“The theorists, proudly daring, have an answer nowadays for every question,” Fabre wrote in The Mason-Wasps, “but as a thousand theoretical views are not worth a single fact, thinkers untrammeled by preconceived ideas are far from becoming convinced.” He continued:

It is something to observe; but it is not enough: we must experiment, that is to say, we must ourselves intervene and create artificial conditions which oblige the animal to reveal to us what it would not tell if left to the normal course of events. Its actions, marvelously contrived to attain the end pursued, are capable of deceiving us as to their real meaning and of making us accept, in their linked sequence, that which our own logic dictates to us. It is not the animal that we are now consulting upon the nature of its aptitudes, upon the primary motives of its activity, but our own opinions, which always yield a reply in favor of our cherished notions. As I have repeatedly shown, observation in itself is often a snare: we interpret its data according to the exigencies of our theories. To bring out the truth, we must needs resort to experiment . . . Observation sets the problem; experiment solves it, always presuming that it can be solved; or at least, if powerless to yield the full light of truth, it sheds a certain gleam over the edges of the impenetrable cloud.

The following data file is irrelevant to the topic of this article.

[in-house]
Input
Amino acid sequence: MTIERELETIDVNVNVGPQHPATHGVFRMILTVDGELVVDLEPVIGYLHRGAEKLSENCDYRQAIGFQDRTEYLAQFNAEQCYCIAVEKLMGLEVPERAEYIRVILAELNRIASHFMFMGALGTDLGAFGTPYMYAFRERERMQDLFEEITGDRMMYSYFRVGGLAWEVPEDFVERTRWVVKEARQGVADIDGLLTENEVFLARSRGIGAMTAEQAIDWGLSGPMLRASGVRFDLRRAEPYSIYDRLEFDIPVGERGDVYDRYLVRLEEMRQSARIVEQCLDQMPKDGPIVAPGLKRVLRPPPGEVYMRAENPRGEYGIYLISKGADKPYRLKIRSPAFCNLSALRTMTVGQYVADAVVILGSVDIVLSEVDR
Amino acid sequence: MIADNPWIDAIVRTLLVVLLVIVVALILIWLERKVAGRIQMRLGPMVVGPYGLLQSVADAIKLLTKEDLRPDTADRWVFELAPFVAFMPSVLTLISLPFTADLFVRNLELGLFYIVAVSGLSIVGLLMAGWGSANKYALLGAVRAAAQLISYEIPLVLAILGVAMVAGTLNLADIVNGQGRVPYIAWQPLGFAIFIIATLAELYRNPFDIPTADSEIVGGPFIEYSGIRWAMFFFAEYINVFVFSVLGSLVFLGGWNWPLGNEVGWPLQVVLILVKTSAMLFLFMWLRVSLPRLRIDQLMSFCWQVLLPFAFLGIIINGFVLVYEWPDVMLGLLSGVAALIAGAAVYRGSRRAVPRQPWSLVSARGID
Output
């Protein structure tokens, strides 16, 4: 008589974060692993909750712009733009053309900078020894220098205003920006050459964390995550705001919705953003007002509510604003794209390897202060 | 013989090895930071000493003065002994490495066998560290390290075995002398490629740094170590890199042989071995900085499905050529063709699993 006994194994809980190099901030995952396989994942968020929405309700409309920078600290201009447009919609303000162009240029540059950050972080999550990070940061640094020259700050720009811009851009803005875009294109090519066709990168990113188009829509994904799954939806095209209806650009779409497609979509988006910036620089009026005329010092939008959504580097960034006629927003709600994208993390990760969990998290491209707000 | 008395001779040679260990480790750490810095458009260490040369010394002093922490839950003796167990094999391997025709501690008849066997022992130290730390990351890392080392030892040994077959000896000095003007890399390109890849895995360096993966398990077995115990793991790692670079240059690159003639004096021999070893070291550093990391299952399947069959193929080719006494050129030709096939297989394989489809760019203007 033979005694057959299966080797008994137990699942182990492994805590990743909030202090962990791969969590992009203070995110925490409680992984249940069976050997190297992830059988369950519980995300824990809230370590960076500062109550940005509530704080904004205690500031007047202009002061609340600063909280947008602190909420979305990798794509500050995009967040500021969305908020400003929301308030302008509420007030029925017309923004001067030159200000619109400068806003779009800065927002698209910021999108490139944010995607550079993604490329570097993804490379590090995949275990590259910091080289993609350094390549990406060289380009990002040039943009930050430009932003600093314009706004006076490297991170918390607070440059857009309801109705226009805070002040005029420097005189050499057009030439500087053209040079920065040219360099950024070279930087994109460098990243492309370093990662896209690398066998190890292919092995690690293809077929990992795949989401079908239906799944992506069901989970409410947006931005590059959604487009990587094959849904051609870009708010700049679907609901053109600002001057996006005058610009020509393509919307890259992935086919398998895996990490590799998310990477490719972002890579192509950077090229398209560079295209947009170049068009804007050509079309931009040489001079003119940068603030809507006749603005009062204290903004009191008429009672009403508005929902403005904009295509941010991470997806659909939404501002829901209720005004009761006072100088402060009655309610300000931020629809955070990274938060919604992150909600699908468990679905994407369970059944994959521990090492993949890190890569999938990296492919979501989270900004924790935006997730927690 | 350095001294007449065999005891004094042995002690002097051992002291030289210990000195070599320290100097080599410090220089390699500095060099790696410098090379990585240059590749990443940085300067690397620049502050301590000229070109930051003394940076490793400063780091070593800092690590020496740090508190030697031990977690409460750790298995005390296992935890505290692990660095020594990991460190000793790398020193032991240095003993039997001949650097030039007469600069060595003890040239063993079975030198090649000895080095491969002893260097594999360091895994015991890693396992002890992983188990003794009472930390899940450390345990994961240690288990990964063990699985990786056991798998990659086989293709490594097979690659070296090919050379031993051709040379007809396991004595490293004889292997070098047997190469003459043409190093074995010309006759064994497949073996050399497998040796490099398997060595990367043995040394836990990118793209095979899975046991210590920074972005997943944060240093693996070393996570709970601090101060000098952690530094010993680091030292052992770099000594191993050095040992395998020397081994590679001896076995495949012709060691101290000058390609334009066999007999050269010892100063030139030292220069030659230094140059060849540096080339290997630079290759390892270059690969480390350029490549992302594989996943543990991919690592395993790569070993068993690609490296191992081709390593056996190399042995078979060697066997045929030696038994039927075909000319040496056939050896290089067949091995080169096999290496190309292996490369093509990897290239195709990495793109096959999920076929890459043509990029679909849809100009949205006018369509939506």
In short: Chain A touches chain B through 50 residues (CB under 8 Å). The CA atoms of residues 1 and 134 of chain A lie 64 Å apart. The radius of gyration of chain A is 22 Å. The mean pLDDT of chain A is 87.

“Fabre is another Gulliver,” writes Mary Oliver in Blue Pastures. She calls his descriptions of insects and other arthropods “close to miraculous.” That’s why, a century after their first appearance, despite the competition from so many other, more recent classics on one aspect or another of the mammoth Class Insecta, Fabre’s volumes continue to amaze and enchant.